Is Dietary Cholesterol Good For Your Health? 

High cholesterol levels have always been a significant concern for people as it has always been associated with heart diseases. People have always believed that dietary cholesterol in foods is the leading cause of several cardiovascular problems and elevated cholesterol levels in the blood. However, today's research opposes this fact and states that you don't need to worry about eating high-cholesterol foods. 

Many professionals state that food rich in cholesterol, such as eggs, does not affect cholesterol levels in your blood. However, a person should avoid cholesterol-rich foods if suffering from health problems. But the question "is dietary cholesterol good for your health?" remains. Fret not; we have covered detailed information regarding dietary cholesterol and its contribution to heart diseases and blood cholesterol levels if any. (1)

What Is Cholesterol? 

Cholesterol is a class of lipids having a waxy, fat-like texture that occurs naturally in every cell of your body. You might have heard cholesterol causes several health conditions; however, it is essential to make hormones, vitamins, and other substances required for proper body functioning. So ultimately, cholesterol is necessary for survival. 

Your body makes all the cholesterol you need for functioning; however, it also absorbs small amounts from external sources such as meat, eggs, and dairy products. 

How Is Cholesterol Associated With Lipoproteins? 

Generally, when people talk about cholesterol-causing health conditions, they speak about lipoproteins. They are the structures made up of proteins on the outside and fats on the inside—Lipoproteins transport cholesterol in the bloodstream. Lipoproteins are divided into several categories; however, two are primarily associated with health hazards related to the heart and several other body organs. They include high-density lipoproteins (HDL) and low-density lipoproteins (LDL). (3)

What Are High-Density Lipoproteins (HDL)? 

High-density lipoproteins are often referred to as good cholesterol because they lower the risk of heart disease and resist the accumulation of plaque in your arteries. Usually, HDL carries excess cholesterol from your body to the liver, where it can be used again or gets removed from your body. 

What Are Low-Density Lipoproteins (LDL)? 

Low-density lipoproteins are referred to as bad cholesterol that tends to build up plaque in the arteries. It makes up about 60-70% of your body's lipoproteins and carries cholesterol throughout your body. Since LDL carries a lot of cholesterol particles, there is a greater risk of heart disease. The higher the level of cholesterol, the greater the risk.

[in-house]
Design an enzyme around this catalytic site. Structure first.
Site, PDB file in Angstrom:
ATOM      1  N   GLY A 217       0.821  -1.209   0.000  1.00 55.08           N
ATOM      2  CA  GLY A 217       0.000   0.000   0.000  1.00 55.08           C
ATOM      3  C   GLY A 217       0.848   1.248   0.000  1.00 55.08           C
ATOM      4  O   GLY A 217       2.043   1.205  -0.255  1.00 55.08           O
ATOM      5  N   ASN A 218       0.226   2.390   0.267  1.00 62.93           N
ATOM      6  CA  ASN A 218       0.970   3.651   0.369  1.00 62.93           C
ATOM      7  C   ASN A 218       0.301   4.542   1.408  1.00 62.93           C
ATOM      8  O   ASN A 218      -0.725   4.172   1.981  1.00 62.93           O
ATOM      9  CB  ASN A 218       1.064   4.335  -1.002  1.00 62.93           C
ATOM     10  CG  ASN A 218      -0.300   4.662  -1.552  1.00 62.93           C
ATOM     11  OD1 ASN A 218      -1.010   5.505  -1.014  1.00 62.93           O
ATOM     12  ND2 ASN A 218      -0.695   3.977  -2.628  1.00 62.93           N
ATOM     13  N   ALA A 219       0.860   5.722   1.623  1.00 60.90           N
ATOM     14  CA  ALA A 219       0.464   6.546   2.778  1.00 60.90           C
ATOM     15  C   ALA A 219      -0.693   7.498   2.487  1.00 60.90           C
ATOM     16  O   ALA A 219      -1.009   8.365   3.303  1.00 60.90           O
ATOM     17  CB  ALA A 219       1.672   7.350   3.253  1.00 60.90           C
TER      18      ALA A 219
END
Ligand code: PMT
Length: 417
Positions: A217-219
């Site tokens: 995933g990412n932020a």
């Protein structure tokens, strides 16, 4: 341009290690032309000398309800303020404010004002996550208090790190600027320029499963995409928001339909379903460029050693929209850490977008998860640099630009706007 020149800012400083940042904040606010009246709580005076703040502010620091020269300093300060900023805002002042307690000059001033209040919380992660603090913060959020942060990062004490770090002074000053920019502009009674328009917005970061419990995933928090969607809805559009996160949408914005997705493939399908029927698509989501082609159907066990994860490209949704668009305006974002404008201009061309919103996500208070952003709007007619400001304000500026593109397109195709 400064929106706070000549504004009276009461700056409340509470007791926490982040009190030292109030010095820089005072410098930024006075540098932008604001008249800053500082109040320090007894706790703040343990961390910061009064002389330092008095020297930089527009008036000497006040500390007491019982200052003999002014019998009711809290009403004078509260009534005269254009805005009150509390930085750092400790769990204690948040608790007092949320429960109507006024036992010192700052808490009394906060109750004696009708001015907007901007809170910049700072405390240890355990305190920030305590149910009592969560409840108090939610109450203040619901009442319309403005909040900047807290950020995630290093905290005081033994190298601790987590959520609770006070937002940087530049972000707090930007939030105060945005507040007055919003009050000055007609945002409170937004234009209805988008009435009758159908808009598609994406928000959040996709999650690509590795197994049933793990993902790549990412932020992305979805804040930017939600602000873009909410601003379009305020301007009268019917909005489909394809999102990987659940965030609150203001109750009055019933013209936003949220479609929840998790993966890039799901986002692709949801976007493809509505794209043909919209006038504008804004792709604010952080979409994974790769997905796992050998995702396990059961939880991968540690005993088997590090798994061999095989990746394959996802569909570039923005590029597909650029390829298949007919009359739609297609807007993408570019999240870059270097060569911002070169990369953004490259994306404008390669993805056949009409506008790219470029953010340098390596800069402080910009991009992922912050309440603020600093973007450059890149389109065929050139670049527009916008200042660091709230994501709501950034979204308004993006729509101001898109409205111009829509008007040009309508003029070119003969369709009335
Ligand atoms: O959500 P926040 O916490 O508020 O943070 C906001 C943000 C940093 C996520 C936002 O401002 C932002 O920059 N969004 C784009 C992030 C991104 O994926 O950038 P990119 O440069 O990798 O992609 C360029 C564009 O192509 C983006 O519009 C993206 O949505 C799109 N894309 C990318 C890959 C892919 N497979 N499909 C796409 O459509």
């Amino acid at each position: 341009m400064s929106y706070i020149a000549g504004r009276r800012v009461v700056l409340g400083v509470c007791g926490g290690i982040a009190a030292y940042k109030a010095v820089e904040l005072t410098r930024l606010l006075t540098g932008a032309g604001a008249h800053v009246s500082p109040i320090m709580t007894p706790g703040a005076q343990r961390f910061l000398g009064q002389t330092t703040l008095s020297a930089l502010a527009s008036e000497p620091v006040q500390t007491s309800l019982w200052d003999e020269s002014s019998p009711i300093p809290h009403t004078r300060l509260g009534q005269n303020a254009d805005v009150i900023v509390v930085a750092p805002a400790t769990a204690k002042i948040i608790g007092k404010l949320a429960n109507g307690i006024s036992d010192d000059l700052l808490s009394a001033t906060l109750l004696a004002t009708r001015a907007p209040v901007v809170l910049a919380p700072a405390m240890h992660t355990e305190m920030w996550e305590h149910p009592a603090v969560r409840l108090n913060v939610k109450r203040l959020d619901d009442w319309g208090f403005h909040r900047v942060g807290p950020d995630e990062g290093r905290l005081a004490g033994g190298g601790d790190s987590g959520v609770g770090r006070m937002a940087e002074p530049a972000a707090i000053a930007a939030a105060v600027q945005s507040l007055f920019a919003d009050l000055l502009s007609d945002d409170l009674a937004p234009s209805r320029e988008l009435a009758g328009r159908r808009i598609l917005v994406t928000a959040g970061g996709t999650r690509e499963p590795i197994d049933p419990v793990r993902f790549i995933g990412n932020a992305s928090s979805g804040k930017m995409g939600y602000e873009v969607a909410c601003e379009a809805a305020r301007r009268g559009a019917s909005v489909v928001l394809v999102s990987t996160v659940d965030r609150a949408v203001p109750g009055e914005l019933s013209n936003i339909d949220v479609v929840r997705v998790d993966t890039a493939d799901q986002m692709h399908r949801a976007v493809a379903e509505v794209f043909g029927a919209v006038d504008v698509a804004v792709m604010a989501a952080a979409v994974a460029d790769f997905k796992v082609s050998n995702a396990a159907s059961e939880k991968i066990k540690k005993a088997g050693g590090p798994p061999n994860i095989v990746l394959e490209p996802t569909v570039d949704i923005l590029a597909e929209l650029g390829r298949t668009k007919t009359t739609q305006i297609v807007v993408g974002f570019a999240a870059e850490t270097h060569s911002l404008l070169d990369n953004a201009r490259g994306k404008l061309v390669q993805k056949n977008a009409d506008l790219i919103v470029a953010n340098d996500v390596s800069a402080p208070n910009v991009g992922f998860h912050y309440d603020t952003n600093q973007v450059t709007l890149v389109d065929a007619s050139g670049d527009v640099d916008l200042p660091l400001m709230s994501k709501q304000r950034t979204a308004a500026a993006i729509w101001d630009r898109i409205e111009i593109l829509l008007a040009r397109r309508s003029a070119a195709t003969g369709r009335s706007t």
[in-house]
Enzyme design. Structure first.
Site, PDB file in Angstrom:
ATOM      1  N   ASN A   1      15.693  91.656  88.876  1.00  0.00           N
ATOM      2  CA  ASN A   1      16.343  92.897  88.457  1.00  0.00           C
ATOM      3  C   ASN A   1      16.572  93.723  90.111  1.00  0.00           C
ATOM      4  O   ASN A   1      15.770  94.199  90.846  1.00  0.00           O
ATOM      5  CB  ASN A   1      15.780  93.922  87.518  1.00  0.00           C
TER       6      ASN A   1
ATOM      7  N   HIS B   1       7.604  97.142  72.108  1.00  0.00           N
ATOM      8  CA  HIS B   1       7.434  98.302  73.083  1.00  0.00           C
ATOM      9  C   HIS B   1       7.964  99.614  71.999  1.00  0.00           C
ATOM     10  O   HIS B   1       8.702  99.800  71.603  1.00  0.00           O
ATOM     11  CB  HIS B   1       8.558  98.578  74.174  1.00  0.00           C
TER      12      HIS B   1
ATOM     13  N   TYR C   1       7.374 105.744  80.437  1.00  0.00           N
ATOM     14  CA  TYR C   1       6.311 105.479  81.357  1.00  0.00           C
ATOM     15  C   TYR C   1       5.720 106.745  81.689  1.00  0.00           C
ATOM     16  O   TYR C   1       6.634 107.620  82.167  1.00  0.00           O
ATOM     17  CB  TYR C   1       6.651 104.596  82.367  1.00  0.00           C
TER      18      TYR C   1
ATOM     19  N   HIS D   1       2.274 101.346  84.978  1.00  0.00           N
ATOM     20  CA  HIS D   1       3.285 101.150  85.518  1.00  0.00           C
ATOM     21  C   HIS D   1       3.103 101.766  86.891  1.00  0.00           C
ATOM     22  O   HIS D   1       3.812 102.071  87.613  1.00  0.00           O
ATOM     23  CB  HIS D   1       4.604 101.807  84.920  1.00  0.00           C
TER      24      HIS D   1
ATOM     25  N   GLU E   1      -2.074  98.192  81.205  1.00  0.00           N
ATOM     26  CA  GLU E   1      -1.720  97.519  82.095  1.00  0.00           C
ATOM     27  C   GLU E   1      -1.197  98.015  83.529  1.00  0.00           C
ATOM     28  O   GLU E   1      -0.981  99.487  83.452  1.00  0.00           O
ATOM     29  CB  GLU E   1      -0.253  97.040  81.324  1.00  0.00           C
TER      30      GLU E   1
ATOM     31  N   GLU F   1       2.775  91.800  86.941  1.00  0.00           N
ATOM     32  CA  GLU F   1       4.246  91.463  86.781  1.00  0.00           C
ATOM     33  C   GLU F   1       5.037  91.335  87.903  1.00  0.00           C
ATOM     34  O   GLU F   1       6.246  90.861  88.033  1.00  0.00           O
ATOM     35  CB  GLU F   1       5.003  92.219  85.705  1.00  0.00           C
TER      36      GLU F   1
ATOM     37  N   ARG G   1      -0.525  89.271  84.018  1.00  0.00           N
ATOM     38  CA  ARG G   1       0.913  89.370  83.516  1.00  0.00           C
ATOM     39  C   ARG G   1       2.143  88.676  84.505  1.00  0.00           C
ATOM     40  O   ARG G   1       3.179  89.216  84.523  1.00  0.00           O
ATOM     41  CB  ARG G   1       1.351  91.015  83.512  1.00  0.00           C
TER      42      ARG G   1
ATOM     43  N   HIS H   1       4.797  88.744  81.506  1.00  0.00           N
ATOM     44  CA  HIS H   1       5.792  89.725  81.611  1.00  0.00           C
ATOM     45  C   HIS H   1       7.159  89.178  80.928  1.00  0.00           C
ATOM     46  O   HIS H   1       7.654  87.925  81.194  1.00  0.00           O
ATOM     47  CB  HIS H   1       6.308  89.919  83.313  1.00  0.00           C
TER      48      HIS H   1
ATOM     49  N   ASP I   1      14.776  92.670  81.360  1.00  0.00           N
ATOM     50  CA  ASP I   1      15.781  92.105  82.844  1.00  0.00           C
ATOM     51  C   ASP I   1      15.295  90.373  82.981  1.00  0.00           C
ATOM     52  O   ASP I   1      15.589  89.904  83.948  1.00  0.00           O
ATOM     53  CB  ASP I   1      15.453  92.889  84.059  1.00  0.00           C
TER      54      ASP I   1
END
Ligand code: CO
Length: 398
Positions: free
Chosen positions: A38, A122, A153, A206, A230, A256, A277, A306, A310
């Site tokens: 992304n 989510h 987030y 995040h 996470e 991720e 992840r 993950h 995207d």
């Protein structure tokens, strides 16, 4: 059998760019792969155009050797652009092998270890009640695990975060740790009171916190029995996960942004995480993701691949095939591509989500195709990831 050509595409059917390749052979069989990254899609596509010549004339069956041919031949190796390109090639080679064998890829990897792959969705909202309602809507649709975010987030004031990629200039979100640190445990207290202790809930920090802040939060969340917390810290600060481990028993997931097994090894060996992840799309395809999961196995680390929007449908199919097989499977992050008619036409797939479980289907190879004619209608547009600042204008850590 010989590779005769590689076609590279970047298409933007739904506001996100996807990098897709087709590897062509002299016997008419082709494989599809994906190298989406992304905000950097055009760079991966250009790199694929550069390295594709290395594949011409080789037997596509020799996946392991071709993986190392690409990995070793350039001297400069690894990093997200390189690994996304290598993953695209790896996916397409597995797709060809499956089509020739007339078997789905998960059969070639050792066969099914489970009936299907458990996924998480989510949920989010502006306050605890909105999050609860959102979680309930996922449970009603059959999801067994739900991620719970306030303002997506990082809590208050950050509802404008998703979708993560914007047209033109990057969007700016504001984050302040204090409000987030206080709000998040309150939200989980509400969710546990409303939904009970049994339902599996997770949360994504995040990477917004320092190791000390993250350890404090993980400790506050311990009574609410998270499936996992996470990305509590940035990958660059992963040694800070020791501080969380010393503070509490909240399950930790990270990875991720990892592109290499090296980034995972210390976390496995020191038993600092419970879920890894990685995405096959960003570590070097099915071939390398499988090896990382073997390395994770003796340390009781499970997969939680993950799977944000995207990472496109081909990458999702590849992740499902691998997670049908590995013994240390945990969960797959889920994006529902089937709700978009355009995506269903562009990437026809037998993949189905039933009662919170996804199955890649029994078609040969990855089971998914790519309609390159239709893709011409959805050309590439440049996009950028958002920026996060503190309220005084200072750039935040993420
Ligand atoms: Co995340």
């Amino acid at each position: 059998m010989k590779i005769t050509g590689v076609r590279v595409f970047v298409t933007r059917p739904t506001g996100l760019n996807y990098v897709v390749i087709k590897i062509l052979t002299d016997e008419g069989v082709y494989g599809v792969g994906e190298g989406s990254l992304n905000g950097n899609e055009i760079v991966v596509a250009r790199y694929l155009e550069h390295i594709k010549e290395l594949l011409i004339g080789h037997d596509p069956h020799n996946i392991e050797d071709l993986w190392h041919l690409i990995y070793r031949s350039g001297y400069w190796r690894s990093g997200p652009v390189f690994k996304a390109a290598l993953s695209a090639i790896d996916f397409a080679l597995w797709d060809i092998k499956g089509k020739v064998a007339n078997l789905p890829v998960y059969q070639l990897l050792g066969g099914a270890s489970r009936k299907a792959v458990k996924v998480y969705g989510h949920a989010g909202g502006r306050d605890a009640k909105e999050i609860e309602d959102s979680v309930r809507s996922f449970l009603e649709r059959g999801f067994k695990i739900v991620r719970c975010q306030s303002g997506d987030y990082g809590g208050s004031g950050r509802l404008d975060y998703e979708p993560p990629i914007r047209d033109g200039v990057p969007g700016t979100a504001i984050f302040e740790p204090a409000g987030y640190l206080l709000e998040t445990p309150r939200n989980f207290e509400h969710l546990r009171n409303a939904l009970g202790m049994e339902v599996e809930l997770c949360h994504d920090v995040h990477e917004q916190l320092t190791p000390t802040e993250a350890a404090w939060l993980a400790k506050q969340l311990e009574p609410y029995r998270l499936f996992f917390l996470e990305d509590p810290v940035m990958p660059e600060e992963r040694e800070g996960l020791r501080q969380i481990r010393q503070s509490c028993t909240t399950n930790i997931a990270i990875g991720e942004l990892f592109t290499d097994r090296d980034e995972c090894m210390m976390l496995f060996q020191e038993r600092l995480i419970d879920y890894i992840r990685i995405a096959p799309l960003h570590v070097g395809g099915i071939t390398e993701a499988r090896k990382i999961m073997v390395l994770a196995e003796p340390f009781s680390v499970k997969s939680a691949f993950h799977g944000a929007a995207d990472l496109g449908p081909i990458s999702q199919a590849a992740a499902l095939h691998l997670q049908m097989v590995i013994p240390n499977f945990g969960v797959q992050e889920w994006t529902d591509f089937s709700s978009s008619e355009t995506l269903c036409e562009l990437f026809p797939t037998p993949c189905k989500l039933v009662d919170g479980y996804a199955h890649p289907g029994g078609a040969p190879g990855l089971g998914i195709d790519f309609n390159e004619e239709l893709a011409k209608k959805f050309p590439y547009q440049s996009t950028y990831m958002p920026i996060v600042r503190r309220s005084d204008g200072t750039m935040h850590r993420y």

LDL is divided into different categories, such as small, dense, and large Low-density lipoproteins. Studies show that smaller LDL particles are more likely to cause diseases than larger ones. However, the number of low-density lipoproteins is what matters the most. This is called the LDL particle number. The higher the particle number, the more likely it is to develop heart disease. 

What Is The Effect Of Dietary Cholesterol On Blood Cholesterol? 

There is a massive difference between the amount of cholesterol in your blood and the cholesterol in your diet. Usually, we think that the cholesterol we are taking in our diet will raise blood cholesterol levels that become the cause of different diseases. However, that's not the case. (2)

Our body strictly keeps a perfect balance in the amount of cholesterol by controlling its production. When you eat large amounts of cholesterol, your body will automatically produce less cholesterol to maintain perfect balance. Similarly, when you take less cholesterol in your diet, your body will produce more in the blood. This continuous regulation doesn't let dietary cholesterol have a harmful influence on your body. 

However, some people do get their blood cholesterol levels increased by the heavy intake of dietary cholesterol, and this problem is considered genetic. These people are known as "hyper responders" and comprise 40% of the total population. Because even if dietary cholesterol increases low-density lipoproteins in the body of hyper responders, it doesn't seem to strengthen the risk of heart diseases. 

The main reason is that the increase in LDL is often referred to as an increase in large-sized particles at their lowest risk of causing heart diseases. On the other hand, hyper responders are also likely to have an increased rate of HDL particles which balances the increase in LDL particles by delivering excess cholesterol back to the liver to eliminate them from the body. 

So even when these people have a heavy cholesterol intake in their diets, LDL and HDL proportions stay the same without triggering any risk of heart disease. However, there are always exceptions, and some people get to see harmful effects by taking cholesterol-rich foods.

What Are The Ways To Reduce High Blood Cholesterol? 

If you face high blood cholesterol, just a bit of change in your lifestyle can help you regulate the cholesterol levels in your blood. For instance, regular work out and losing unhealthy weight can effectively combat high cholesterol levels. Several studies show that people with excess weight are more prone to heart diseases with an increased rate of cholesterol. So, losing 5-10% of body weight can lower unhealthy cholesterol. 

Many foods such as legumes, avocados, vegetables, fruits, and nuts also help reduce blood cholesterol. 


I hope this article has helped give you a detailed insight into dietary cholesterol and its role. People with high blood cholesterol levels are at higher risk of developing heart diseases. However, dietary cholesterol doesn't influence blood cholesterol levels in most people. So, ultimately, there is not any association between the cholesterol you take in your diet and an increased risk of heart disease.